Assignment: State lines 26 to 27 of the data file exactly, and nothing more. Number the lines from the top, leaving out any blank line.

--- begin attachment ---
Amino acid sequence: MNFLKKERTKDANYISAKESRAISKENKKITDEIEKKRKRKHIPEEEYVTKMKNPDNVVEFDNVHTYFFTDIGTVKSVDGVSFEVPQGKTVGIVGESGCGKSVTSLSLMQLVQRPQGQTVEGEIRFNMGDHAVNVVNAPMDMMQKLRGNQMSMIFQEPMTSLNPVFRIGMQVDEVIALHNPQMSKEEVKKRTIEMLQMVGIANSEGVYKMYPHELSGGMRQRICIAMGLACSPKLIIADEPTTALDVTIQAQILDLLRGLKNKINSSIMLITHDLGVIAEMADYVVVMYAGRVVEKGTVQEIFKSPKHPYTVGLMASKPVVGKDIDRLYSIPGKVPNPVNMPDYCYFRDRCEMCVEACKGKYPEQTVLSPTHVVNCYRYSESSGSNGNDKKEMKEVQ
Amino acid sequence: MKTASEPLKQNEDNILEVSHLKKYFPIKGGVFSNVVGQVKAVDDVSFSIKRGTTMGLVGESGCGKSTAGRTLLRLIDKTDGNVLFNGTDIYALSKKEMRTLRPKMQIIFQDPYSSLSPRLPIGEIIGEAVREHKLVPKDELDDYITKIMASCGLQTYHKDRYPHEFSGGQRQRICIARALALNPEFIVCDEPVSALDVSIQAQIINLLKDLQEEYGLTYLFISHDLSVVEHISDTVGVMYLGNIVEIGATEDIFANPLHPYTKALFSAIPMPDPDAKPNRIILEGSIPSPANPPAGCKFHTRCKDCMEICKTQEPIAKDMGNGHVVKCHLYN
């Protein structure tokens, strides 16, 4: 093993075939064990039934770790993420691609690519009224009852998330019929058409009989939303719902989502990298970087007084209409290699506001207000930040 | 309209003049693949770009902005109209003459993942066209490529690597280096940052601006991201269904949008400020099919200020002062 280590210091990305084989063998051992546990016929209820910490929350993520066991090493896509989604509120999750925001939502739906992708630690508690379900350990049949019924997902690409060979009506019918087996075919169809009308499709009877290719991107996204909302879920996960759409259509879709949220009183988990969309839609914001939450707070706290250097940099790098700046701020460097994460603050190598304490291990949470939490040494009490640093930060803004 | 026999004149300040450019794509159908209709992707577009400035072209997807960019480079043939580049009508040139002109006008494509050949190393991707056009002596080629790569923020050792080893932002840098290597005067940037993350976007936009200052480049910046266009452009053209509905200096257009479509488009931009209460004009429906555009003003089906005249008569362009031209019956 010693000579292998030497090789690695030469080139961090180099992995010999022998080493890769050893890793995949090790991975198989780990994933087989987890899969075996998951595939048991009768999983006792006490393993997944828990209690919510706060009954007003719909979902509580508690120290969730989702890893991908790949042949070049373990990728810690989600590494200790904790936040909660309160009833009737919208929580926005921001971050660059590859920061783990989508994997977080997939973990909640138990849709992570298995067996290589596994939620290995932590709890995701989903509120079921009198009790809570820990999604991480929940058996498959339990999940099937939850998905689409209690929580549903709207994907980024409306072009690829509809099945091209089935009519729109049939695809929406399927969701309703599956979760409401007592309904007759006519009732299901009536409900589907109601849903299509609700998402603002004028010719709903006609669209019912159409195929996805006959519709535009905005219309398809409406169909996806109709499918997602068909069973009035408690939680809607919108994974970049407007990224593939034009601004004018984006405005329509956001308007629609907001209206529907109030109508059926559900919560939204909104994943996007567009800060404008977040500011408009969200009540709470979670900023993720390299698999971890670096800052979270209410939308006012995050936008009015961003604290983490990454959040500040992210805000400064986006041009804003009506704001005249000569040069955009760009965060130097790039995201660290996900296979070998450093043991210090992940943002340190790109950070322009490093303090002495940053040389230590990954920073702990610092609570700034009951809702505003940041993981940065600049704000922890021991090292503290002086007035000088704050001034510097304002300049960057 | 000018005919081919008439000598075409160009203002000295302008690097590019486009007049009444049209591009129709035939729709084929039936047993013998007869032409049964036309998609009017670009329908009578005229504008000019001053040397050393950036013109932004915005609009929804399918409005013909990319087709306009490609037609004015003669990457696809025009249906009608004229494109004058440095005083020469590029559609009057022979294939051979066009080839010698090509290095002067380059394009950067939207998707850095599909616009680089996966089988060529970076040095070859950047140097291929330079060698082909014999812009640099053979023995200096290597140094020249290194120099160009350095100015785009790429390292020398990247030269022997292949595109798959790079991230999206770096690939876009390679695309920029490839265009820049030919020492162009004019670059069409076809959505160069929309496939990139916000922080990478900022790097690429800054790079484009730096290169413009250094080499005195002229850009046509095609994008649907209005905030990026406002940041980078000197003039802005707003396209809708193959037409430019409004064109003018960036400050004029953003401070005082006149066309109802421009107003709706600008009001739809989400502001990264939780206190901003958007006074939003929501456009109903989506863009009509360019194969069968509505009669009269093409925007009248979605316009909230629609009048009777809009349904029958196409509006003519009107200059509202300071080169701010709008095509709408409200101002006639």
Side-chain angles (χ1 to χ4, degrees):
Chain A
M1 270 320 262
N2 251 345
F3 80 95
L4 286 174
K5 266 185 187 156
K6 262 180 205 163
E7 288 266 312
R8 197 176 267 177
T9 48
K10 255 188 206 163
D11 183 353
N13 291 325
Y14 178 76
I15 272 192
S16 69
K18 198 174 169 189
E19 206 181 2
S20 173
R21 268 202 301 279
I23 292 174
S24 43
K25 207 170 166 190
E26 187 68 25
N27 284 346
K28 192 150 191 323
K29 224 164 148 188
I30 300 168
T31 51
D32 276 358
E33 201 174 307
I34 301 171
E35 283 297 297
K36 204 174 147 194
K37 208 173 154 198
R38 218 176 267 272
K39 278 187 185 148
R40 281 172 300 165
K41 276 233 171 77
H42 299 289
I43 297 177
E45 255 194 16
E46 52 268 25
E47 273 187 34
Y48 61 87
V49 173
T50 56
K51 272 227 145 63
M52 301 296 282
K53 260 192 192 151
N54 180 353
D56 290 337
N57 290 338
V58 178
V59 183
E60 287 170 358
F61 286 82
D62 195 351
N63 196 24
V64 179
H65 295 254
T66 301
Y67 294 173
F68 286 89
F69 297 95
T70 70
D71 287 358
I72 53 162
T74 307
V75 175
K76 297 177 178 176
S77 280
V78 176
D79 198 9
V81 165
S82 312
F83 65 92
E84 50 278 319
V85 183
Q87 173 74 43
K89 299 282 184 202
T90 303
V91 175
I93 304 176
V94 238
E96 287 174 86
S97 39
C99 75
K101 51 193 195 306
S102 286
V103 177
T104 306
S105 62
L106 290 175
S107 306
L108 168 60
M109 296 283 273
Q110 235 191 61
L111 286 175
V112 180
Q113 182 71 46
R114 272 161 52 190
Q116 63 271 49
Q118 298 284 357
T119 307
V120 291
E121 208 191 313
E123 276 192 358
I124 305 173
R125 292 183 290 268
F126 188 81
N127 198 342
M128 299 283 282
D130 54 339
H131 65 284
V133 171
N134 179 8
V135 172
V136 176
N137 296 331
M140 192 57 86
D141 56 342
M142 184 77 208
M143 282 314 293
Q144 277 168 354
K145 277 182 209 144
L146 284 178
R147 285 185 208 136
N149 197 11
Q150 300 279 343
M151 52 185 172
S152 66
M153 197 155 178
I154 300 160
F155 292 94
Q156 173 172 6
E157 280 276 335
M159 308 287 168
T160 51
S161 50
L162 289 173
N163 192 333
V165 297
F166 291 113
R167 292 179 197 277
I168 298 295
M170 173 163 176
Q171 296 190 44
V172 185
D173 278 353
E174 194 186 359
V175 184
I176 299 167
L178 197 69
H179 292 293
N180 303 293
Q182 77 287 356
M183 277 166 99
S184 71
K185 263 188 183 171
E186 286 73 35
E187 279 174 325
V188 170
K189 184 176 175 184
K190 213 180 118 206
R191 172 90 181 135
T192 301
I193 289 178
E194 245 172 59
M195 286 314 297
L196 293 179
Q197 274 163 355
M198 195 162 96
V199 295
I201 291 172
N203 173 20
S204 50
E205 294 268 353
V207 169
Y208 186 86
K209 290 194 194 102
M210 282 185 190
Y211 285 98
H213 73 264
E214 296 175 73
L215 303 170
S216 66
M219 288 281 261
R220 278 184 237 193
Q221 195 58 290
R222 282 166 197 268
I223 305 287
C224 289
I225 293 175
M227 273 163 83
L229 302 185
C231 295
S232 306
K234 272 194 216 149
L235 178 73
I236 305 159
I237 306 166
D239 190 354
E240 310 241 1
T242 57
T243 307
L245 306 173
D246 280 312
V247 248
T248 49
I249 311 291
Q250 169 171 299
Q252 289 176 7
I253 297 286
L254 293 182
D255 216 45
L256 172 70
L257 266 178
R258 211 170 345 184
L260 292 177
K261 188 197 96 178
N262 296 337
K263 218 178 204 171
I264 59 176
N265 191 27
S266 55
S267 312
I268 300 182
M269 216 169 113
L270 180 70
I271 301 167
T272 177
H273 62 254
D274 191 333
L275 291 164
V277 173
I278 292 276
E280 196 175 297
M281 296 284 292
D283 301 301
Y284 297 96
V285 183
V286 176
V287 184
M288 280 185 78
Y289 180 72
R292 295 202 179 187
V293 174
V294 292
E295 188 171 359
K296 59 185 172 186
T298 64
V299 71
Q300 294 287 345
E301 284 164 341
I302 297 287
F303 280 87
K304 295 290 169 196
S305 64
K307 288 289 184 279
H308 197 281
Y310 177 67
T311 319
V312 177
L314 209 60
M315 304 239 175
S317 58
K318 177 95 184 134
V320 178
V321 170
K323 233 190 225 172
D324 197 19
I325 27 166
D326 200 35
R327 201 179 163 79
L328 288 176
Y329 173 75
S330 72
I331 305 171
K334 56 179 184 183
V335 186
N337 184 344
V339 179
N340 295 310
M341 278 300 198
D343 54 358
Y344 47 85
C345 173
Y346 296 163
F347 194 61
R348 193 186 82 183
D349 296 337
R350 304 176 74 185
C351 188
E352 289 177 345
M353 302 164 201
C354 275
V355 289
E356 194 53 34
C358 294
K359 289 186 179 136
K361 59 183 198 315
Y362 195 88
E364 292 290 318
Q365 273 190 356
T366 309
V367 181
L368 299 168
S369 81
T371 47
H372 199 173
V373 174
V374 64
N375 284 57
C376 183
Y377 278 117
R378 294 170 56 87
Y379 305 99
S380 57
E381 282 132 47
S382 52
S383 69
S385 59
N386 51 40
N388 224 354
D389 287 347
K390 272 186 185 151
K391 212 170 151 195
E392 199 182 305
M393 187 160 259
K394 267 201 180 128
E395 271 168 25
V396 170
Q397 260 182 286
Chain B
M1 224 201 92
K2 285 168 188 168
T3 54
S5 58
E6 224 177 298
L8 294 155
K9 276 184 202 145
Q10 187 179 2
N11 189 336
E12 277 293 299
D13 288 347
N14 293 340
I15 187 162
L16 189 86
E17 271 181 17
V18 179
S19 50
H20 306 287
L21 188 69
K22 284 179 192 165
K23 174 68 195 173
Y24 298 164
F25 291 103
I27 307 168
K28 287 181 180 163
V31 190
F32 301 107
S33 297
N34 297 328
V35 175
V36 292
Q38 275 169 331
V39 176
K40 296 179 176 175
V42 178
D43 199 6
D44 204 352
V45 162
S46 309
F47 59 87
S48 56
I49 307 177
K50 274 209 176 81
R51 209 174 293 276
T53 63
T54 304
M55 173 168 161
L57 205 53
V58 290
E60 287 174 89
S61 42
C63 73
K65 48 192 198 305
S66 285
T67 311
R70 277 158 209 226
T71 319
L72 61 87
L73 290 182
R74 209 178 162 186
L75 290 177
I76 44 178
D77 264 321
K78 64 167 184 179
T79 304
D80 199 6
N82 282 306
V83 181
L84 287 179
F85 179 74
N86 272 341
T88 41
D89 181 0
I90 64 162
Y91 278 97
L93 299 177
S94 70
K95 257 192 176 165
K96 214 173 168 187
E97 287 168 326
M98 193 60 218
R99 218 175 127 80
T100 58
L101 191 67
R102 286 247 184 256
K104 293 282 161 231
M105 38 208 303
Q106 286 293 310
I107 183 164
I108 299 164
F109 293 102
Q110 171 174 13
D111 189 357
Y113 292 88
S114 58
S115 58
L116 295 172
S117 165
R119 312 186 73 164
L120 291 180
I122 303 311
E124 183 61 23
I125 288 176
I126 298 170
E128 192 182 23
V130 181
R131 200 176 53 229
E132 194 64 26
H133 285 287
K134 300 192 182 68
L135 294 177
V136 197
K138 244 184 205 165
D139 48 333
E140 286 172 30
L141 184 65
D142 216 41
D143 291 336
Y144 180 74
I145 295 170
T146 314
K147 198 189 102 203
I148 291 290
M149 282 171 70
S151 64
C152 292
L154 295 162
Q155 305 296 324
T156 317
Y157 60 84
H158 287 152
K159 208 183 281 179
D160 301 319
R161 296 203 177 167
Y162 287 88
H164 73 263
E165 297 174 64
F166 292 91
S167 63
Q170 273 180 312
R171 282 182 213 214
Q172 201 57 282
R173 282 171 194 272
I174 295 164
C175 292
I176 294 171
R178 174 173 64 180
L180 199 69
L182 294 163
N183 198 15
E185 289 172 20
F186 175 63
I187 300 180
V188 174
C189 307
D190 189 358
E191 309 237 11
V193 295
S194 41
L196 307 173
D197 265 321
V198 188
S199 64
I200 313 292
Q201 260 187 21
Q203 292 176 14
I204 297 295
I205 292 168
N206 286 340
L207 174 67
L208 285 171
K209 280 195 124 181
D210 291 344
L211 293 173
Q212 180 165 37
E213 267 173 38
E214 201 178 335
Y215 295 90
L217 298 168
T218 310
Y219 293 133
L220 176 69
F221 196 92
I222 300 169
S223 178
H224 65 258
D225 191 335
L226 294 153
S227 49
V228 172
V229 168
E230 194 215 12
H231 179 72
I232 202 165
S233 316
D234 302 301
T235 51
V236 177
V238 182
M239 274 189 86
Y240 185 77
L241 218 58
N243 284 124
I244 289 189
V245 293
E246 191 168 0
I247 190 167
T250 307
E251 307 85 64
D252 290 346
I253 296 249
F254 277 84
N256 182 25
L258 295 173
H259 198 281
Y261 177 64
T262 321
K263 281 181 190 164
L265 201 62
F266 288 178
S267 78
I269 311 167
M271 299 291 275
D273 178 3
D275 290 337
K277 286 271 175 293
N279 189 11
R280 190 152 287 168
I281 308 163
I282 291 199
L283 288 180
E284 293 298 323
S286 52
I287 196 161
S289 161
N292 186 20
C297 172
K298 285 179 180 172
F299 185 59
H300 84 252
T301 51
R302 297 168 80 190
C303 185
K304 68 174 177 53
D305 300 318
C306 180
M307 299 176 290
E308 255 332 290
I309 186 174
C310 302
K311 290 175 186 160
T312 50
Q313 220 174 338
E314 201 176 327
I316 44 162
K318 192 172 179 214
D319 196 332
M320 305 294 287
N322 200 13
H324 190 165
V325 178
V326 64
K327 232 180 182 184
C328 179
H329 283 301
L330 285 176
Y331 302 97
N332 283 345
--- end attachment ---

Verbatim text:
S24 43
K25 207 170 166 190